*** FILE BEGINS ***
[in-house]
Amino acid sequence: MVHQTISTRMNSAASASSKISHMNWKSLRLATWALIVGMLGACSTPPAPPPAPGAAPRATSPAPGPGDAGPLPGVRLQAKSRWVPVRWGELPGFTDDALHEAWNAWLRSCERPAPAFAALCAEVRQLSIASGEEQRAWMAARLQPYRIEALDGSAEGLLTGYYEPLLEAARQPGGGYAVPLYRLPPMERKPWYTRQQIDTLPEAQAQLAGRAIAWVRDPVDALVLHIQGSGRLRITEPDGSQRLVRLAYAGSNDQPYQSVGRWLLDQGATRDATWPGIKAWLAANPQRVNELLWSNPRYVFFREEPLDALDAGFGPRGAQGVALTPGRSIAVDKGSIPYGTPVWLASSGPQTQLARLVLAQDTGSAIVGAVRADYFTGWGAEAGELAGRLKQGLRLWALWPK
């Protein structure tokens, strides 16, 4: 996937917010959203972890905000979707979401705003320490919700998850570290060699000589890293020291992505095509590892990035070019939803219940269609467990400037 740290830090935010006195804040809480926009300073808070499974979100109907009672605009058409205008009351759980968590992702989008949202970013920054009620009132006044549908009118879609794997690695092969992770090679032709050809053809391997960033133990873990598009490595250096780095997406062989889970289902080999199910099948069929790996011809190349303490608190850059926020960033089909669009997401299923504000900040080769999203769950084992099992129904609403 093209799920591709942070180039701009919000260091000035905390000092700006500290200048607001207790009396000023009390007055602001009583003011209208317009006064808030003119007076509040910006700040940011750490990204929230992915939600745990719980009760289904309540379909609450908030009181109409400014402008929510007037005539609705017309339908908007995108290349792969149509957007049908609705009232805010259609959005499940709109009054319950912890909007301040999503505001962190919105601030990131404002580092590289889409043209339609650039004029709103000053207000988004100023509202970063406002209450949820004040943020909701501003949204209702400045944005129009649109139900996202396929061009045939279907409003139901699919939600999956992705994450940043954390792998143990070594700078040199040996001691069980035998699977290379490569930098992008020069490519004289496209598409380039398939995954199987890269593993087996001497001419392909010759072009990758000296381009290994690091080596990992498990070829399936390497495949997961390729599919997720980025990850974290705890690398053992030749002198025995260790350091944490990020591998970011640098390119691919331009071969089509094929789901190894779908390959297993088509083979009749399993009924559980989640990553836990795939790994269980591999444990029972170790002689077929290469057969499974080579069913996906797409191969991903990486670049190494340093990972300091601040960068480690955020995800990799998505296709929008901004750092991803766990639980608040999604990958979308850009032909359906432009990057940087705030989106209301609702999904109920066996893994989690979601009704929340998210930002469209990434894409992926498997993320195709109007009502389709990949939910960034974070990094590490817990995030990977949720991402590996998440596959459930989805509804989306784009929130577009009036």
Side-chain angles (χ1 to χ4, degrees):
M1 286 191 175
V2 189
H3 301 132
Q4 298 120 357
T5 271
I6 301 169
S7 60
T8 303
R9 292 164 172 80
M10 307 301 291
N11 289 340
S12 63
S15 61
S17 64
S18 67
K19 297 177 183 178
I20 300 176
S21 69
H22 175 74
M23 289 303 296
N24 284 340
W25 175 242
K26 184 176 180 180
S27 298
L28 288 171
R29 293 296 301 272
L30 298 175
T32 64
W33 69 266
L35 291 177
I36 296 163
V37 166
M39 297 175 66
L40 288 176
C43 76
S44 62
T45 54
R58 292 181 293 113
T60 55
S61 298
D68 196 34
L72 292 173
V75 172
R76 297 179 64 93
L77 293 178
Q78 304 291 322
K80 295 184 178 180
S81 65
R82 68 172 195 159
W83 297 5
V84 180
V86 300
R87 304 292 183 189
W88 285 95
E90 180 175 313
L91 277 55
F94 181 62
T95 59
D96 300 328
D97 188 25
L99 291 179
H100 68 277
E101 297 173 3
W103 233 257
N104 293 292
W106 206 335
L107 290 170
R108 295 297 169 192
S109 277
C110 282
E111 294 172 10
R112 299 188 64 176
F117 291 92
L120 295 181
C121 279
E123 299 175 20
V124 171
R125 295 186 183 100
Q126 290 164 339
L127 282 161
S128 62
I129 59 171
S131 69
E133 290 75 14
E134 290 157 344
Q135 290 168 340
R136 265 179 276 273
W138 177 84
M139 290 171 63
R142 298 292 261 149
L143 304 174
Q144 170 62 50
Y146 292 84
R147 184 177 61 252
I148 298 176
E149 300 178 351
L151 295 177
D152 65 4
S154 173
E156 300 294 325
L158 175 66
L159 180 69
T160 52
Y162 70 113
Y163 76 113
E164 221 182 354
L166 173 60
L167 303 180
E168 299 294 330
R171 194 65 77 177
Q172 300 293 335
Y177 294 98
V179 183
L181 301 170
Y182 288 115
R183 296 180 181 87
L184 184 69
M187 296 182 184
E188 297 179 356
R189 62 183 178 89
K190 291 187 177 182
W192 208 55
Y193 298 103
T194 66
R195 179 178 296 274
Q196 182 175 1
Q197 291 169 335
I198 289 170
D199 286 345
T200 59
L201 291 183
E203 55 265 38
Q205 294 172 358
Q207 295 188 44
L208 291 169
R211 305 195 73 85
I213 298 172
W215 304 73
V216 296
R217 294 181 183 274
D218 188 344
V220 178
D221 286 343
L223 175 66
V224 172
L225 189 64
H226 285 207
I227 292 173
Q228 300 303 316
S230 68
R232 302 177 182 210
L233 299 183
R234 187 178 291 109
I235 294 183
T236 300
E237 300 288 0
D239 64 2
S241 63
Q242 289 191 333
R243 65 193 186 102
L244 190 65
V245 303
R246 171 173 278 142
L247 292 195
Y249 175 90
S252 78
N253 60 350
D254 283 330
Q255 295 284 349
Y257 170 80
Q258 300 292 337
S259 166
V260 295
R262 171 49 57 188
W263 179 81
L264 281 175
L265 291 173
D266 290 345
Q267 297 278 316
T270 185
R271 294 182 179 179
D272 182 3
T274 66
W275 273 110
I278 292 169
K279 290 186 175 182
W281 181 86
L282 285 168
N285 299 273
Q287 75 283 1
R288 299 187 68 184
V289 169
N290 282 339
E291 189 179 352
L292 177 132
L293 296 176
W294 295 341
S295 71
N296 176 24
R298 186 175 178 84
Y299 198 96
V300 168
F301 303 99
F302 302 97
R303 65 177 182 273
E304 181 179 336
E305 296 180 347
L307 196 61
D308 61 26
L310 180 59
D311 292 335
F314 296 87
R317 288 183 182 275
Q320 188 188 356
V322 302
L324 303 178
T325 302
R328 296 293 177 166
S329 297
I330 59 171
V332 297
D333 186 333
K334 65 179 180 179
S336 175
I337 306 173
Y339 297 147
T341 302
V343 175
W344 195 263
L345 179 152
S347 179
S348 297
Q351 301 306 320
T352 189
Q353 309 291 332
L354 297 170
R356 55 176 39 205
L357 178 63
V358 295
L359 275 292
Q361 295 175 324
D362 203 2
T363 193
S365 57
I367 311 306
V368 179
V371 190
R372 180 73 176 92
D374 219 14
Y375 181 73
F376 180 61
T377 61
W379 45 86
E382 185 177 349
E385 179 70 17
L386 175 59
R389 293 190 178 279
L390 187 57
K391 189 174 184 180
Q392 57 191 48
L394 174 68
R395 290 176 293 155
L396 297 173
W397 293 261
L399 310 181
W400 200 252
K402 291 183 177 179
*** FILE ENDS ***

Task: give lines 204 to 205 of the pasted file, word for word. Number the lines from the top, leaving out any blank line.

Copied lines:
R298 186 175 178 84
Y299 198 96